When it comes time for the latest slip and fall plaintiff to file his lawsuit, he cannot pierce the corporate veil to get to David Green personally. If the time comes when an unsecured creditor wants to make a claim against Green in lieu of his bankrupt business, Green will hide like a matador behind his crimson red veil. The legal distinction between business owner and incorporated business is fine by Green when it cuts in his favor to provide a shield for his personal wealth. When it comes to his company complying with federal law to provide contraception to employees, though, Green sheds the veil, arguing for a sort of perverse legal intercourse between business and business owner.

This is the petulant operation of a pariah who wants more than just to have his cake and eat it, too. He also wants a well-maintained waist line when he gets done with that cake. Green and business owners like him take full advantage of the ability to participate in a diverse, secular, and regulated marketplace. They succeed for a number of reasons, including savvy ownership, strong fiscal fundamentals, and creative ideas. But they also succeed because of the protections offered by the structure of the business world. Is there any question that David Green would cease to run 500 craft stores if every slip and fall could mean a lawsuit that he would have to personally appear for? If this man continues to take full advantage of the corporate structure which draws a distinct legal separation between him and his business, then he must recognize the severance between his own religious beliefs and the religious "beliefs" of his company. Green must come to understand that his company lacks the spiritual soul that he believes in, and as a result, it's not bound by the religious obligations of his Bible and it's not going to be judged by the gatekeepers of either heaven or hell.

And as I wrote before - if he's uncomfortable with this truth, then he has a very real option. He can take his ball and go home. If his religious "morality" overruns his greed, then maybe he should choose to run no business at all. Or perhaps he should run a business that's not incorporated, where his religion can mate with his business but his riches would be fair game for potential claimants? I've read the Bible, and Jesus told people like David Green that following heavenly commands wouldn't be easy.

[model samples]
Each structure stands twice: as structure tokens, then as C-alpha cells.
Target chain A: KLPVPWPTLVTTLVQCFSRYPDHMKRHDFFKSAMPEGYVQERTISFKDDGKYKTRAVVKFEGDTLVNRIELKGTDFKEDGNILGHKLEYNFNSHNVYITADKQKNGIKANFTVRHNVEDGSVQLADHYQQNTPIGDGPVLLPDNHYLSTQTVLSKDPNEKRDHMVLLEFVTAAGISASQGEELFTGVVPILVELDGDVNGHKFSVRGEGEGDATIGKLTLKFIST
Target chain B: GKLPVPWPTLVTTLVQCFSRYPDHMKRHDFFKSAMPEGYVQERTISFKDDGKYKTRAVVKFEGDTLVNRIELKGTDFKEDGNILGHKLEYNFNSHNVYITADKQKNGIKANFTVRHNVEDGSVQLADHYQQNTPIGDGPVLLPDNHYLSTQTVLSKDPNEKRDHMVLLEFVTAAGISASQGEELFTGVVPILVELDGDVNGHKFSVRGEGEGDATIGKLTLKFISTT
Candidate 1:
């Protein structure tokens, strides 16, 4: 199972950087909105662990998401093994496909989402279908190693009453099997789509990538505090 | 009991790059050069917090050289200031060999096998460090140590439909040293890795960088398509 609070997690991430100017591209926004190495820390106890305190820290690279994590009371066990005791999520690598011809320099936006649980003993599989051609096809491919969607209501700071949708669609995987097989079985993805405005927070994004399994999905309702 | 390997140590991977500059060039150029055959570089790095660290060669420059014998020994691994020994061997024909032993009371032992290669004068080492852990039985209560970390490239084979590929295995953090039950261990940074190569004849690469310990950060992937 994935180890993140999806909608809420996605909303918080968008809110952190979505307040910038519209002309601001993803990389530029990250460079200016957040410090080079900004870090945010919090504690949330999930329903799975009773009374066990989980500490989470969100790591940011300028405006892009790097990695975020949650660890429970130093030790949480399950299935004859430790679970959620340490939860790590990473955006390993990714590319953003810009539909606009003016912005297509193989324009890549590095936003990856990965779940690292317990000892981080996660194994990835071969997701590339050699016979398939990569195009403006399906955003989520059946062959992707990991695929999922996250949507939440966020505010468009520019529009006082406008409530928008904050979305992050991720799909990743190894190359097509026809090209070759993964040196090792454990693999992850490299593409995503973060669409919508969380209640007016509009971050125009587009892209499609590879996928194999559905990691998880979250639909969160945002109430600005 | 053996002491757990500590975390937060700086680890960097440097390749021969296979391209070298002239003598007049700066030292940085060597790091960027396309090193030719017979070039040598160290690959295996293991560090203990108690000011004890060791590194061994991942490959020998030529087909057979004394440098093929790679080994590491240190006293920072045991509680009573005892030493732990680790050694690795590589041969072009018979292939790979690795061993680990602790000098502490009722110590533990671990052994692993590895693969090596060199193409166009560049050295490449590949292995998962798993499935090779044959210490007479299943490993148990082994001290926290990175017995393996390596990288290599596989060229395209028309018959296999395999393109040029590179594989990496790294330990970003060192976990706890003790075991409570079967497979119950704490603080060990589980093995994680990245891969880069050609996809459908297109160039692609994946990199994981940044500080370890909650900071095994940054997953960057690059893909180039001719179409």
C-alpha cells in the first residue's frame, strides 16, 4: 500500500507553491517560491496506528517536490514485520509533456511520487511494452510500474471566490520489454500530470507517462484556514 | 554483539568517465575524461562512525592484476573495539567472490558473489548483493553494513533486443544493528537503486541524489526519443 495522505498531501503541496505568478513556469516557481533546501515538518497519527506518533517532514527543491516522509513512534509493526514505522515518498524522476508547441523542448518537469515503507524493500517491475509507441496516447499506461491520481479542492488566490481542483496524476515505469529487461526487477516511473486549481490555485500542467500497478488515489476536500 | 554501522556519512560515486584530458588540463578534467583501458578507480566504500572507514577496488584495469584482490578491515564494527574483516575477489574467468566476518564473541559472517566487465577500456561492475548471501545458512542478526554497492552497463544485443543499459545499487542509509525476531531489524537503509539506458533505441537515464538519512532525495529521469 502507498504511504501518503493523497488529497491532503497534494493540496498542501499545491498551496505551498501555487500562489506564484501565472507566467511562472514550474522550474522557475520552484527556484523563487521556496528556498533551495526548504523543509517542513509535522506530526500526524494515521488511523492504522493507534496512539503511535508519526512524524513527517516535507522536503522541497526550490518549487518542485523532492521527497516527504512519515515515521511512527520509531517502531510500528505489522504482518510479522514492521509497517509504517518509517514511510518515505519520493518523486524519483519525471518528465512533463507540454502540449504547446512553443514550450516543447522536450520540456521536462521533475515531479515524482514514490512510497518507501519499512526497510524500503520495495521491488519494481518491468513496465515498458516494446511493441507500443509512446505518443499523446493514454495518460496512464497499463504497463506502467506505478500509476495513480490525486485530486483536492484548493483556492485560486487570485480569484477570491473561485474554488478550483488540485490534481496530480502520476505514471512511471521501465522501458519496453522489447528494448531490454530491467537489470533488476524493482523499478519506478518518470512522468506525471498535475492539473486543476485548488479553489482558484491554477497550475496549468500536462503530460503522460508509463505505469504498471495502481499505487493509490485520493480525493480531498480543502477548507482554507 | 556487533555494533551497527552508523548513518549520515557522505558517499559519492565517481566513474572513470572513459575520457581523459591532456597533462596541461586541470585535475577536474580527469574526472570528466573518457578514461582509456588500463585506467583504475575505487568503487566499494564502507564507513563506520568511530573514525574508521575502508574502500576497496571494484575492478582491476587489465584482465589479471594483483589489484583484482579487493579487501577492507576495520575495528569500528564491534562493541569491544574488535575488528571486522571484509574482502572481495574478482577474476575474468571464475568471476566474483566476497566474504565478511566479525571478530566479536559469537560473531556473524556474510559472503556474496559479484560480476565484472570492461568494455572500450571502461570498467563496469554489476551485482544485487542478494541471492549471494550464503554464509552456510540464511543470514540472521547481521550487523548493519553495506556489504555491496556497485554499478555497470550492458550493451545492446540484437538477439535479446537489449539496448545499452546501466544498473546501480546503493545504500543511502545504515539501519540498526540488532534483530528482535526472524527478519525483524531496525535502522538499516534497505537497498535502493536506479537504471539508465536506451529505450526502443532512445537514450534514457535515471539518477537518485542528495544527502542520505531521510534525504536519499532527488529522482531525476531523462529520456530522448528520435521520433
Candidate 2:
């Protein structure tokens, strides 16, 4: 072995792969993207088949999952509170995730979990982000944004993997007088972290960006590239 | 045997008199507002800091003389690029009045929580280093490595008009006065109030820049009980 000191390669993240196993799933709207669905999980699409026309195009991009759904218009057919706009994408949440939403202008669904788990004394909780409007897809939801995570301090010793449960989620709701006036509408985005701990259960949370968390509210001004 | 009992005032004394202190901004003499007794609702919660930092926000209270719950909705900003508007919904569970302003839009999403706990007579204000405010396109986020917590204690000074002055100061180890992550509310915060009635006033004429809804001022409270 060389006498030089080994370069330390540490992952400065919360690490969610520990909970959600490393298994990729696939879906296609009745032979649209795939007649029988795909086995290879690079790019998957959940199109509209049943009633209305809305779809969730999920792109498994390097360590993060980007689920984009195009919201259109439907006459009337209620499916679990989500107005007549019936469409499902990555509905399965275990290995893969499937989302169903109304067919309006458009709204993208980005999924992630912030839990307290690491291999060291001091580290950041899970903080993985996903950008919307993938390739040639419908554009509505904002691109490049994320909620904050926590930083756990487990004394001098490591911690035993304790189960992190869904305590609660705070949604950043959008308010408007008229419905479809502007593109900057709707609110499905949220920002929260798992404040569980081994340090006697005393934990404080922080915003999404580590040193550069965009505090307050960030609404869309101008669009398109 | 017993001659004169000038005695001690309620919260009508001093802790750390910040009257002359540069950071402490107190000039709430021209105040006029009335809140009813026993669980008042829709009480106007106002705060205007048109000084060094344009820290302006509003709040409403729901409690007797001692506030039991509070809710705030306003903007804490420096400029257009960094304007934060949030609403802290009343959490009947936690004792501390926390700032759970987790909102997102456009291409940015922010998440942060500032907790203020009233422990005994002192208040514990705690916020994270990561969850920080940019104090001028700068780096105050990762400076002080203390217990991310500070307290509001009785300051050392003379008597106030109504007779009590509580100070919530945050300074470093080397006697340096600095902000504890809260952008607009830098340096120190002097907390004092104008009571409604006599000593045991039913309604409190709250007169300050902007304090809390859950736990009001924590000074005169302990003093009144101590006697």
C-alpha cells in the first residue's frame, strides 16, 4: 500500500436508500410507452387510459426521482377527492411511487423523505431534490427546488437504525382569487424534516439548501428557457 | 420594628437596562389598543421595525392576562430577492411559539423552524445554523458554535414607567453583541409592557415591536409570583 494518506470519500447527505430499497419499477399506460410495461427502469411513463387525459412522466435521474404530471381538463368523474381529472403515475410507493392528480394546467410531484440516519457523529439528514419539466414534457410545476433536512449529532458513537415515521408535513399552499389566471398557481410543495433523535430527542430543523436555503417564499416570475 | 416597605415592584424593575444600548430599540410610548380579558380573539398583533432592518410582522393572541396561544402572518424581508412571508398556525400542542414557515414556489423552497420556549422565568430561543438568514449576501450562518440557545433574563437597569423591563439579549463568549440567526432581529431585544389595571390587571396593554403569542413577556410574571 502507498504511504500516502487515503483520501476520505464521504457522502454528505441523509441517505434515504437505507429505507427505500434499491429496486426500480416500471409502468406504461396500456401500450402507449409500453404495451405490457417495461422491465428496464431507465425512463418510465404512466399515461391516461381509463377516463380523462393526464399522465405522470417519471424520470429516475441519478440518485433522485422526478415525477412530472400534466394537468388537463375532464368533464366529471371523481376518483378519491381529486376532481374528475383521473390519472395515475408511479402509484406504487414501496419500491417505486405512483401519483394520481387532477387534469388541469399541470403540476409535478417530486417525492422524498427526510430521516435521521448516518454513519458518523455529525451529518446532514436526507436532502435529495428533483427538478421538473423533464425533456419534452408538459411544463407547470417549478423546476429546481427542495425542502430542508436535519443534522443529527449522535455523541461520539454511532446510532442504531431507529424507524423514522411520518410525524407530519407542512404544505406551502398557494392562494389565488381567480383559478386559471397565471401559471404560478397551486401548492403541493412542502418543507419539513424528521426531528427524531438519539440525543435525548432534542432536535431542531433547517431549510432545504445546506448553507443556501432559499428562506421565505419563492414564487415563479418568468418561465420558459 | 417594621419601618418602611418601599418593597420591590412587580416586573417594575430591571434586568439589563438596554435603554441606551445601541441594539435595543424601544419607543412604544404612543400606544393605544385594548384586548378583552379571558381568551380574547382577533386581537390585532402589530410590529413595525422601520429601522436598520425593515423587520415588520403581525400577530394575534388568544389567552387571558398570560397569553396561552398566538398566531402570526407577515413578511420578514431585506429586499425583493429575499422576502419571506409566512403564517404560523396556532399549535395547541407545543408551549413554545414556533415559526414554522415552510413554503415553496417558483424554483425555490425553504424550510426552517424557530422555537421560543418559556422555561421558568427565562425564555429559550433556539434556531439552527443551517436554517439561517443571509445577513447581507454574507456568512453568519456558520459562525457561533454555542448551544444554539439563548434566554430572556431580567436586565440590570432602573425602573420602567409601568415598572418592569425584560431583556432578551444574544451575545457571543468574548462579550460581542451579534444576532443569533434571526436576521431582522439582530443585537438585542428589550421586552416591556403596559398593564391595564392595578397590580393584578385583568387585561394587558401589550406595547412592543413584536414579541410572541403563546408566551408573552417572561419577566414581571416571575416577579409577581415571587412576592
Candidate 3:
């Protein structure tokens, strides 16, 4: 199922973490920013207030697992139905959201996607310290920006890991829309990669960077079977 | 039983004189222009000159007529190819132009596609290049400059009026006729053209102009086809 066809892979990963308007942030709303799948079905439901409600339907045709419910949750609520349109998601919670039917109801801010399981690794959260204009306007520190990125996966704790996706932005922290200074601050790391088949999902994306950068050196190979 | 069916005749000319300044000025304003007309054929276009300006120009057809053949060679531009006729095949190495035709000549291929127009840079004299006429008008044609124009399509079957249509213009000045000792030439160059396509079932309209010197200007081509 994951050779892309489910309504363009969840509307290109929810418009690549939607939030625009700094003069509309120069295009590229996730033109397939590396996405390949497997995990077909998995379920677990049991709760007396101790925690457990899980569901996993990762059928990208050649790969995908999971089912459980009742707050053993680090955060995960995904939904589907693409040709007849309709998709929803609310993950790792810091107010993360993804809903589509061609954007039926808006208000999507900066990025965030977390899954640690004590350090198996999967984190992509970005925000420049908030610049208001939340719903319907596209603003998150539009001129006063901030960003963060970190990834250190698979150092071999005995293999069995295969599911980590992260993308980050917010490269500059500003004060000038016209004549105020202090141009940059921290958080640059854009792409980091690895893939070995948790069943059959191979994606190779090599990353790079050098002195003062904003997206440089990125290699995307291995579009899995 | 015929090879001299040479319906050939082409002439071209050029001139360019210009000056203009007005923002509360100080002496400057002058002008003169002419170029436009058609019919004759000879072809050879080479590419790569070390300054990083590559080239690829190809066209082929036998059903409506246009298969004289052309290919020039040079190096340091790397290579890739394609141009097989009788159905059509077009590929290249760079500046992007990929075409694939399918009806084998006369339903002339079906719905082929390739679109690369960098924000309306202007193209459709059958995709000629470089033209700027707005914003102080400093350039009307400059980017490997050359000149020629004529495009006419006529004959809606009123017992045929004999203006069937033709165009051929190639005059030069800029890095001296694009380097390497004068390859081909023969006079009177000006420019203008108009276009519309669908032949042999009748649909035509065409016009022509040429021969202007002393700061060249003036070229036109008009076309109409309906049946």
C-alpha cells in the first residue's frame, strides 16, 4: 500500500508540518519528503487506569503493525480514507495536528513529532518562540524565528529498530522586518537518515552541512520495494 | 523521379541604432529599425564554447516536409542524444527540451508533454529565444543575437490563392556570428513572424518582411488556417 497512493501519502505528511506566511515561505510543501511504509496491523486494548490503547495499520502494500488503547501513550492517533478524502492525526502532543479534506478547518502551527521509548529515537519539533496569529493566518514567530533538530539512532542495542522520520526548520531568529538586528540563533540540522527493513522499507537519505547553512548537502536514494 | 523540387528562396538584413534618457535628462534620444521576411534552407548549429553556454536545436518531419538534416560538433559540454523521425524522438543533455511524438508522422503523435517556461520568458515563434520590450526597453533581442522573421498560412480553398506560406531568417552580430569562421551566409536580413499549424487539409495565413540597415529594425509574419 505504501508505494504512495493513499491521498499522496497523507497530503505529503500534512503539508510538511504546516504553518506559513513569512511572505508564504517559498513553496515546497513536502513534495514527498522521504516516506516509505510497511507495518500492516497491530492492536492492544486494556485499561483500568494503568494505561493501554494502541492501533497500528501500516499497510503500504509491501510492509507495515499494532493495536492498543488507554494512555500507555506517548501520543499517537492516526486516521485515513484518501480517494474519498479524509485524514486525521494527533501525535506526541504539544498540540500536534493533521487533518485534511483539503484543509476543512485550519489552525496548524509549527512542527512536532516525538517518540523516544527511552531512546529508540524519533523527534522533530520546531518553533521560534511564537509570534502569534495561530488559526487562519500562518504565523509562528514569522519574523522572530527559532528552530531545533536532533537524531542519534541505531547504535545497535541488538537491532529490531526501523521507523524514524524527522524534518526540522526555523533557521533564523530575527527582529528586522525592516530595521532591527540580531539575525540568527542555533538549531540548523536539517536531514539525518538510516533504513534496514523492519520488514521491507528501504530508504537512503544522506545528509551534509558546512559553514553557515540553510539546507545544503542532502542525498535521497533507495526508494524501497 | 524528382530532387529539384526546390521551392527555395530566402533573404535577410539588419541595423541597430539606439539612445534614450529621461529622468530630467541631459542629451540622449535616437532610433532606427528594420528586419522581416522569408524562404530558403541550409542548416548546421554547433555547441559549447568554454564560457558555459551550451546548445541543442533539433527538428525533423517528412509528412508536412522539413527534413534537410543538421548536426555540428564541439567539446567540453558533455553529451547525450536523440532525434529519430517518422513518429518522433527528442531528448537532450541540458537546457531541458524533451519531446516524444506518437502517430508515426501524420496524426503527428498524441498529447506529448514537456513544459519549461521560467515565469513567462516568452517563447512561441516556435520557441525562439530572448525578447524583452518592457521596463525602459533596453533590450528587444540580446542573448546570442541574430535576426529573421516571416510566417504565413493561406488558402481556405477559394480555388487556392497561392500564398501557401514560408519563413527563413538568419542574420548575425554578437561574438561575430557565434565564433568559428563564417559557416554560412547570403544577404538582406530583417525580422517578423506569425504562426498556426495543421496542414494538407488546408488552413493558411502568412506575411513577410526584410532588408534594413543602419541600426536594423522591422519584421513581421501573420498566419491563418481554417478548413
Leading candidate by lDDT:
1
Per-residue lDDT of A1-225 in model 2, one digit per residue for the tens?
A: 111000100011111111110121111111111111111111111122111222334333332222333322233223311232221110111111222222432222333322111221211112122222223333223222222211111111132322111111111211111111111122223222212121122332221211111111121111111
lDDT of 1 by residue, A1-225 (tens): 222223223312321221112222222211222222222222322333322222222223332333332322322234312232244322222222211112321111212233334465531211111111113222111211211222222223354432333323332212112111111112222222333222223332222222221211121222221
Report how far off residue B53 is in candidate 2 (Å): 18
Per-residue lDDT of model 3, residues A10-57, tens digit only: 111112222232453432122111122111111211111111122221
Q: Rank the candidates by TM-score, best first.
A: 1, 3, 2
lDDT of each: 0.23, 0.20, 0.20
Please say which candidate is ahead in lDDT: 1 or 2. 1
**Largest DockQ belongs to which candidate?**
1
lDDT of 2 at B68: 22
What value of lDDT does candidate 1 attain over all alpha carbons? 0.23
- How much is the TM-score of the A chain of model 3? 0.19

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Comment Preferences

  •  I Know This Is Dumbing It Down (4+ / 0-)
    Recommended by:
    Alexandra Lynch, Youffraita, a2nite, Sylv

    But didn't you hit on the point, incorporation shields you from liability.

    When opportunity calls pick up the phone and give it directions to your house.

    by webranding on Sun Dec 30, 2012 at 12:11:31 AM PST

  •  Oh Just An Aside (10+ / 0-)

    I am an atheist, but I'd fight and die for your right to believe something I don't. I just ask the same in return. I don't get why a business owner would want to impose their views on them. I'd rather have happy, healthy employees!

    When opportunity calls pick up the phone and give it directions to your house.

    by webranding on Sun Dec 30, 2012 at 12:23:56 AM PST

    •  but...but...but... (8+ / 0-)

      corporations are people too!


      To make the argument that the media has a left- or right-wing, or a liberal or a conservative bias, is like asking if the problem with Al-Qaeda is do they use too much oil in their hummus. Al Franken

      by Youffraita on Sun Dec 30, 2012 at 12:43:00 AM PST

      [ Parent ]

      •  I Can't Believe I Will Give A Shout Out (8+ / 0-)